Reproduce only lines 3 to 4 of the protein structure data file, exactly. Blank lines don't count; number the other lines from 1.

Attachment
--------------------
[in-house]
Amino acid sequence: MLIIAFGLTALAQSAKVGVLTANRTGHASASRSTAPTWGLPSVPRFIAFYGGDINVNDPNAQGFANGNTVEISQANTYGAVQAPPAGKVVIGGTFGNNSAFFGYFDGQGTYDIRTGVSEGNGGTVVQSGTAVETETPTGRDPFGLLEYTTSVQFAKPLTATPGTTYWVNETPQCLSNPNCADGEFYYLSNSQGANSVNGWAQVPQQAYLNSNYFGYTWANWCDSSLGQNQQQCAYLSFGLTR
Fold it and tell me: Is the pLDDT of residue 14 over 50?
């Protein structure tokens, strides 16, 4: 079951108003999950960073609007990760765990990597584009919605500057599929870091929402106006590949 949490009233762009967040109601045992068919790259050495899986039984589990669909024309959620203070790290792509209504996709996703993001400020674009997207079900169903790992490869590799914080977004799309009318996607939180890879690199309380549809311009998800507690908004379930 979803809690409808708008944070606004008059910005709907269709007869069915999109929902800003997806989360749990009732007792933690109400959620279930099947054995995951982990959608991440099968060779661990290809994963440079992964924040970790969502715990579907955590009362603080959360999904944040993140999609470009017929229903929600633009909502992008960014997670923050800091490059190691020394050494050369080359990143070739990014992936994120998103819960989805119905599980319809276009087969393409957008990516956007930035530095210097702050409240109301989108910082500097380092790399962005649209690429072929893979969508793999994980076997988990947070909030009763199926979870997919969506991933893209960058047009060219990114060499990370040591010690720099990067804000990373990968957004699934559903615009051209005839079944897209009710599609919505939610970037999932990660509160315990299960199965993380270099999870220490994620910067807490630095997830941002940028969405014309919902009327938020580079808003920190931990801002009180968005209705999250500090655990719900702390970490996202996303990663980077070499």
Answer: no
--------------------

Fold it and tell me: Is the pLDDT of residue 14 over 50?
């Protein structure tokens, strides 16, 4: 079951108003999950960073609007990760765990990597584009919605500057599929870091929402106006590949 949490009233762009967040109601045992068919790259050495899986039984589990669909024309959620203070790290792509209504996709996703993001400020674009997207079900169903790992490869590799914080977004799309009318996607939180890879690199309380549809311009998800507690908004379930 979803809690409808708008944070606004008059910005709907269709007869069915999109929902800003997806989360749990009732007792933690109400959620279930099947054995995951982990959608991440099968060779661990290809994963440079992964924040970790969502715990579907955590009362603080959360999904944040993140999609470009017929229903929600633009909502992008960014997670923050800091490059190691020394050494050369080359990143070739990014992936994120998103819960989805119905599980319809276009087969393409957008990516956007930035530095210097702050409240109301989108910082500097380092790399962005649209690429072929893979969508793999994980076997988990947070909030009763199926979870997919969506991933893209960058047009060219990114060499990370040591010690720099990067804000990373990968957004699934559903615009051209005839079944897209009710599609919505939610970037999932990660509160315990299960199965993380270099999870220490994620910067807490630095997830941002940028969405014309919902009327938020580079808003920190931990801002009180968005209705999250500090655990719900702390970490996202996303990663980077070499």